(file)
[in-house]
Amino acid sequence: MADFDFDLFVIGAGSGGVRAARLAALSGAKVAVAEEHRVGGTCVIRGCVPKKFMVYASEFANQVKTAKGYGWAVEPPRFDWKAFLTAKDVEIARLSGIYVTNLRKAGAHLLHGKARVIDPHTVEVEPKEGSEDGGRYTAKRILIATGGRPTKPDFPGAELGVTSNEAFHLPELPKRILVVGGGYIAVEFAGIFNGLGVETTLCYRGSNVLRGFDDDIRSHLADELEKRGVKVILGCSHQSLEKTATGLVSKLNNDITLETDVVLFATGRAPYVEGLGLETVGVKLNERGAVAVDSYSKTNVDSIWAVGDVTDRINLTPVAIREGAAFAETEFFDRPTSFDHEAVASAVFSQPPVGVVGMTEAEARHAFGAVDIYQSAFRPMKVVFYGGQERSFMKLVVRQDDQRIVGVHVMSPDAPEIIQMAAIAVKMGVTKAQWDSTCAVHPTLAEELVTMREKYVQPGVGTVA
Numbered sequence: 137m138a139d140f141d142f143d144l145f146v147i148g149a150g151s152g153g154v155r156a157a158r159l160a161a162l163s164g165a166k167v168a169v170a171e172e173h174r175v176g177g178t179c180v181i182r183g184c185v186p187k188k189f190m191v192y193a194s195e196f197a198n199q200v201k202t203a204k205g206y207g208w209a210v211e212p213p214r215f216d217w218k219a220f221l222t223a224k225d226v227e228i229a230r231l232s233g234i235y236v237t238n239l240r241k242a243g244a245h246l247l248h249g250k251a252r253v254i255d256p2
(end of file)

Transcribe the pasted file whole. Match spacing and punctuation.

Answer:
[in-house]
Amino acid sequence: MADFDFDLFVIGAGSGGVRAARLAALSGAKVAVAEEHRVGGTCVIRGCVPKKFMVYASEFANQVKTAKGYGWAVEPPRFDWKAFLTAKDVEIARLSGIYVTNLRKAGAHLLHGKARVIDPHTVEVEPKEGSEDGGRYTAKRILIATGGRPTKPDFPGAELGVTSNEAFHLPELPKRILVVGGGYIAVEFAGIFNGLGVETTLCYRGSNVLRGFDDDIRSHLADELEKRGVKVILGCSHQSLEKTATGLVSKLNNDITLETDVVLFATGRAPYVEGLGLETVGVKLNERGAVAVDSYSKTNVDSIWAVGDVTDRINLTPVAIREGAAFAETEFFDRPTSFDHEAVASAVFSQPPVGVVGMTEAEARHAFGAVDIYQSAFRPMKVVFYGGQERSFMKLVVRQDDQRIVGVHVMSPDAPEIIQMAAIAVKMGVTKAQWDSTCAVHPTLAEELVTMREKYVQPGVGTVA
Numbered sequence: 137m138a139d140f141d142f143d144l145f146v147i148g149a150g151s152g153g154v155r156a157a158r159l160a161a162l163s164g165a166k167v168a169v170a171e172e173h174r175v176g177g178t179c180v181i182r183g184c185v186p187k188k189f190m191v192y193a194s195e196f197a198n199q200v201k202t203a204k205g206y207g208w209a210v211e212p213p214r215f216d217w218k219a220f221l222t223a224k225d226v227e228i229a230r231l232s233g234i235y236v237t238n239l240r241k242a243g244a245h246l247l248h249g250k251a252r253v254i255d256p2